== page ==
"Exterior of the Duomo" Duomo - Cathedral Tip by JoostvandenVondel
Duomo - Cathedral, Siena: 113 reviews and 256 photos
If you can spare the time to browse through my pages, you'll notice that I am an incredible architectural lover. My little camera does not do justice to the wonderful cathedrals and buildings I have visited, but hopefull I'm able to give some impression of the wonders that human beings, when inspired, are able to create. The Duomo of Siena is one of these wonders.
The Duomo of Siena, or as it is officially known as the Duomo di Santa Maria dell'Assunta, represents the crowning glory of this medieval Tuscan city. And, as with many other ancient towns throughout Europe, stands as the beating heart of the town where once no money was spared in its beautification. The Duomo was built between 1215 and 1263 and thereby constructed relatively quickly for the time period. Although, no traces of haste are to be seen in this incredible structure.
Interestingly enough, the citizens of Siena had drawn up designs to double the size of the cathedral in 1339 and had actually begun construction but were halted by the onset of the Plague in 1348. Some of the outer walls were built and the flooring laid but since flaws were later discovered in the designs, construction never resumed once halted. The floor is used today as a car park and leads to the Museo dell Opera Metropolitana.
The beautiful facade of the Duomo can be divided into two sections: the lower and the upper sections. The lower section is set in the polychrome (multi-coloured) marble typical of Tuscan churches and completed in 1284 under the directions of Giovanni Pisano. Standing in front of the structure, one can see that the facade rests upon three portals surmounted by lunettes (half-moon shaped spaces of masonry) and triangular-shaped Gothic pediments. The columns between each portal are decorated with acanthus (depicting foilage) scrolls and scenes from the Bible.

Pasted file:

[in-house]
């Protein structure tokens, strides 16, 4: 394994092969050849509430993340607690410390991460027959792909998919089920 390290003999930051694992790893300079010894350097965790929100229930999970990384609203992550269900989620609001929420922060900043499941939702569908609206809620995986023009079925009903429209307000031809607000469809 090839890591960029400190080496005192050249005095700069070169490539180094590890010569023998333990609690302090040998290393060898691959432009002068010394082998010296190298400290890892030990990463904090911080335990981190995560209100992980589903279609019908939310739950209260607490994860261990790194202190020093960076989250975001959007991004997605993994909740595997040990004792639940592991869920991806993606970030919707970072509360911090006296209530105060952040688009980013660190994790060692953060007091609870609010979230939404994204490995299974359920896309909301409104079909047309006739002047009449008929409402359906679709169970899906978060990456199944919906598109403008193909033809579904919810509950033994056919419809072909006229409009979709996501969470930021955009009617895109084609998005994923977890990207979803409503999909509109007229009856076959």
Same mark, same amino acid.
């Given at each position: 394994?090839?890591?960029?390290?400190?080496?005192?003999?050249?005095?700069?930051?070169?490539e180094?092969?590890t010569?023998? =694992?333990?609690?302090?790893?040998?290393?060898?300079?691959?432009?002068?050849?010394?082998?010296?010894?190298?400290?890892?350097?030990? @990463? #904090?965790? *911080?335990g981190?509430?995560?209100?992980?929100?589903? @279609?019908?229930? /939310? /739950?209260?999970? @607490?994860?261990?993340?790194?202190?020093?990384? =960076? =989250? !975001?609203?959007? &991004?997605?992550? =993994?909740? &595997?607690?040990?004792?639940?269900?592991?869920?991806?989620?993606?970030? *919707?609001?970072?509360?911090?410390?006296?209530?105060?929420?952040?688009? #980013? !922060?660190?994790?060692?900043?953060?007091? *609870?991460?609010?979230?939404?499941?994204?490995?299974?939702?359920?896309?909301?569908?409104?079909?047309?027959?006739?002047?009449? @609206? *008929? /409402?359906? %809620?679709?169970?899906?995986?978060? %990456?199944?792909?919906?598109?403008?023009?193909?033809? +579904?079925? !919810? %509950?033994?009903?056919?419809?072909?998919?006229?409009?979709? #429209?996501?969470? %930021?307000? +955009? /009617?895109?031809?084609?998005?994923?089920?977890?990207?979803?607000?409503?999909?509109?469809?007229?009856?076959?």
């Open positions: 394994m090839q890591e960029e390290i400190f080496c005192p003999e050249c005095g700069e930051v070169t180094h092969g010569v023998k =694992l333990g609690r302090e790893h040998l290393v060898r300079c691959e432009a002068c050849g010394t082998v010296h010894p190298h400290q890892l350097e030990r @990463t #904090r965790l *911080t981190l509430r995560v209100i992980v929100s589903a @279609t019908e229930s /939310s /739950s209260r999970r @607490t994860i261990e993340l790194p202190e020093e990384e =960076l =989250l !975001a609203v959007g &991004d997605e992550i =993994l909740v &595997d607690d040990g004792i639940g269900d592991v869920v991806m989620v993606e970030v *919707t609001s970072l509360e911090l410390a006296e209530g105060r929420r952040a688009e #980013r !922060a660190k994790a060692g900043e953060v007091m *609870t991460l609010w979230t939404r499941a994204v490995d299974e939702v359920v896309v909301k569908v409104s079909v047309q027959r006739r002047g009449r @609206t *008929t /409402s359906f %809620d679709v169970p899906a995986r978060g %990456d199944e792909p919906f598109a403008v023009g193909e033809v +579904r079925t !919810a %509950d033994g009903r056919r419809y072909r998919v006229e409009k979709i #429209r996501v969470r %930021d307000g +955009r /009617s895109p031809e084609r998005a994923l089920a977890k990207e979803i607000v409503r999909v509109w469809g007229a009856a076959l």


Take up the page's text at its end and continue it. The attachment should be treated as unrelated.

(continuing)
The upper section includes the quite simple rose window set in 1288 and is based on the designs of a brilliant Sienese artist, Duccio di Buoninsegna. However, work on the facade was also halted due to the Plague and did not resume until 1376 under the direction of Giovanni di Cecco. He continued the polychrome marble decoration as inspired by the designs of the cathedral at Orvieto, and added more jamb figures of prophets, philosophers and apostles. The columns of the upper section are not in line with those of the lower section reflecting the expansion of the nave from earlier designs. The golden mosaic found in the top triangular pediment was added in the 19th century
The facade does remind one of the cathedral in Florence, and, although smaller in stature, is by no means any less impressive. Whereas the interior of the Duomo in Florence is relatively plain in comparison to its almost carnavalesque facade, the marvelous richness of colour extends into Siena's Duomo as I shall describe in my following page.
Mar 15-Oct daily 9am-7:30pm; Nov-Mar 14 daily 10am-1pm and 2:30-5pm
Admission to church free, except when floor uncovered during the Palio, then ?5.50; Libreria Piccolomini on cumulative ticket or ?1.50.
Address: Piazza del Duomo (what a surprise!)
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